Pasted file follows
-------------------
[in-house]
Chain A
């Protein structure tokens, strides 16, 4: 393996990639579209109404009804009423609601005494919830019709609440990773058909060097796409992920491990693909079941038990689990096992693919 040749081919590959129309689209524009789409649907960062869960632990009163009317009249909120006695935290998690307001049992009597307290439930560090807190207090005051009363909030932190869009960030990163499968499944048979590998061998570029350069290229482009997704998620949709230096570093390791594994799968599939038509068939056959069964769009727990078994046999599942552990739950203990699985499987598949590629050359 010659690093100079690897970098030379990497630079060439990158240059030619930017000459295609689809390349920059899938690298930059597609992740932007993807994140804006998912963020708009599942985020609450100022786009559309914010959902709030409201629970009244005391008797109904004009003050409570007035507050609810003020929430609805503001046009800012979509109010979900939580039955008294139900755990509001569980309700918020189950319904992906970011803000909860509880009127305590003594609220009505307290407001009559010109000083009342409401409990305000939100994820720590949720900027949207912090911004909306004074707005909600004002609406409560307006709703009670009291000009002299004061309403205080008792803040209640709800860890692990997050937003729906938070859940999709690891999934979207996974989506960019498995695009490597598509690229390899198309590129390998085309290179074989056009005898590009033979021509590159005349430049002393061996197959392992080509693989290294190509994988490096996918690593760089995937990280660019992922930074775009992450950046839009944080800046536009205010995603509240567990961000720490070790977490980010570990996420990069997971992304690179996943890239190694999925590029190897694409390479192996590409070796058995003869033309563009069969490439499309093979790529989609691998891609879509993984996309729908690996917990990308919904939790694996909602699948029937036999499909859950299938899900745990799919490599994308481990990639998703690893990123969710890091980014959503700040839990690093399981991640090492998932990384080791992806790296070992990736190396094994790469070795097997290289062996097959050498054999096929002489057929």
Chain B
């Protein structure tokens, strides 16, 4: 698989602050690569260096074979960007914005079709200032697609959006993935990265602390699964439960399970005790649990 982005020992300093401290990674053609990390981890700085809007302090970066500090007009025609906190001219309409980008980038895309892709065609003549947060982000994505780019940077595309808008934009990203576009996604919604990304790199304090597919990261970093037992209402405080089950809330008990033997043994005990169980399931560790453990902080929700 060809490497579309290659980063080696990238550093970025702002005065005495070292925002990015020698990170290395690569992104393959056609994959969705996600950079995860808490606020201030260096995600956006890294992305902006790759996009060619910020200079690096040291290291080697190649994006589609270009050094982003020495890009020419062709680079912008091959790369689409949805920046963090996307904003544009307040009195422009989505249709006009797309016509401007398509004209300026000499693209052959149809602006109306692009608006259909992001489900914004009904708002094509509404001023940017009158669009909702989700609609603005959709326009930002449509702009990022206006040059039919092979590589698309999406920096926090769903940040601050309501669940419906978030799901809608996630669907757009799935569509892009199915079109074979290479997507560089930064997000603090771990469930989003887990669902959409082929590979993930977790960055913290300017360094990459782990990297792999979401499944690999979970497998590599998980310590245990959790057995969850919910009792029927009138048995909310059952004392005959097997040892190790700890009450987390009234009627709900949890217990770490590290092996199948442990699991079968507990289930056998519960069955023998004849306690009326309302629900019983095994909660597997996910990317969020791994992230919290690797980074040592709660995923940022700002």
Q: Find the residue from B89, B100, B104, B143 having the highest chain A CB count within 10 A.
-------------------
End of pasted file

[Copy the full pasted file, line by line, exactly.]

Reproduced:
[in-house]
Chain A
């Protein structure tokens, strides 16, 4: 393996990639579209109404009804009423609601005494919830019709609440990773058909060097796409992920491990693909079941038990689990096992693919 040749081919590959129309689209524009789409649907960062869960632990009163009317009249909120006695935290998690307001049992009597307290439930560090807190207090005051009363909030932190869009960030990163499968499944048979590998061998570029350069290229482009997704998620949709230096570093390791594994799968599939038509068939056959069964769009727990078994046999599942552990739950203990699985499987598949590629050359 010659690093100079690897970098030379990497630079060439990158240059030619930017000459295609689809390349920059899938690298930059597609992740932007993807994140804006998912963020708009599942985020609450100022786009559309914010959902709030409201629970009244005391008797109904004009003050409570007035507050609810003020929430609805503001046009800012979509109010979900939580039955008294139900755990509001569980309700918020189950319904992906970011803000909860509880009127305590003594609220009505307290407001009559010109000083009342409401409990305000939100994820720590949720900027949207912090911004909306004074707005909600004002609406409560307006709703009670009291000009002299004061309403205080008792803040209640709800860890692990997050937003729906938070859940999709690891999934979207996974989506960019498995695009490597598509690229390899198309590129390998085309290179074989056009005898590009033979021509590159005349430049002393061996197959392992080509693989290294190509994988490096996918690593760089995937990280660019992922930074775009992450950046839009944080800046536009205010995603509240567990961000720490070790977490980010570990996420990069997971992304690179996943890239190694999925590029190897694409390479192996590409070796058995003869033309563009069969490439499309093979790529989609691998891609879509993984996309729908690996917990990308919904939790694996909602699948029937036999499909859950299938899900745990799919490599994308481990990639998703690893990123969710890091980014959503700040839990690093399981991640090492998932990384080791992806790296070992990736190396094994790469070795097997290289062996097959050498054999096929002489057929």
Chain B
């Protein structure tokens, strides 16, 4: 698989602050690569260096074979960007914005079709200032697609959006993935990265602390699964439960399970005790649990 982005020992300093401290990674053609990390981890700085809007302090970066500090007009025609906190001219309409980008980038895309892709065609003549947060982000994505780019940077595309808008934009990203576009996604919604990304790199304090597919990261970093037992209402405080089950809330008990033997043994005990169980399931560790453990902080929700 060809490497579309290659980063080696990238550093970025702002005065005495070292925002990015020698990170290395690569992104393959056609994959969705996600950079995860808490606020201030260096995600956006890294992305902006790759996009060619910020200079690096040291290291080697190649994006589609270009050094982003020495890009020419062709680079912008091959790369689409949805920046963090996307904003544009307040009195422009989505249709006009797309016509401007398509004209300026000499693209052959149809602006109306692009608006259909992001489900914004009904708002094509509404001023940017009158669009909702989700609609603005959709326009930002449509702009990022206006040059039919092979590589698309999406920096926090769903940040601050309501669940419906978030799901809608996630669907757009799935569509892009199915079109074979290479997507560089930064997000603090771990469930989003887990669902959409082929590979993930977790960055913290300017360094990459782990990297792999979401499944690999979970497998590599998980310590245990959790057995969850919910009792029927009138048995909310059952004392005959097997040892190790700890009450987390009234009627709900949890217990770490590290092996199948442990699991079968507990289930056998519960069955023998004849306690009326309302629900019983095994909660597997996910990317969020791994992230919290690797980074040592709660995923940022700002």
Q: Find the residue from B89, B100, B104, B143 having the highest chain A CB count within 10 A.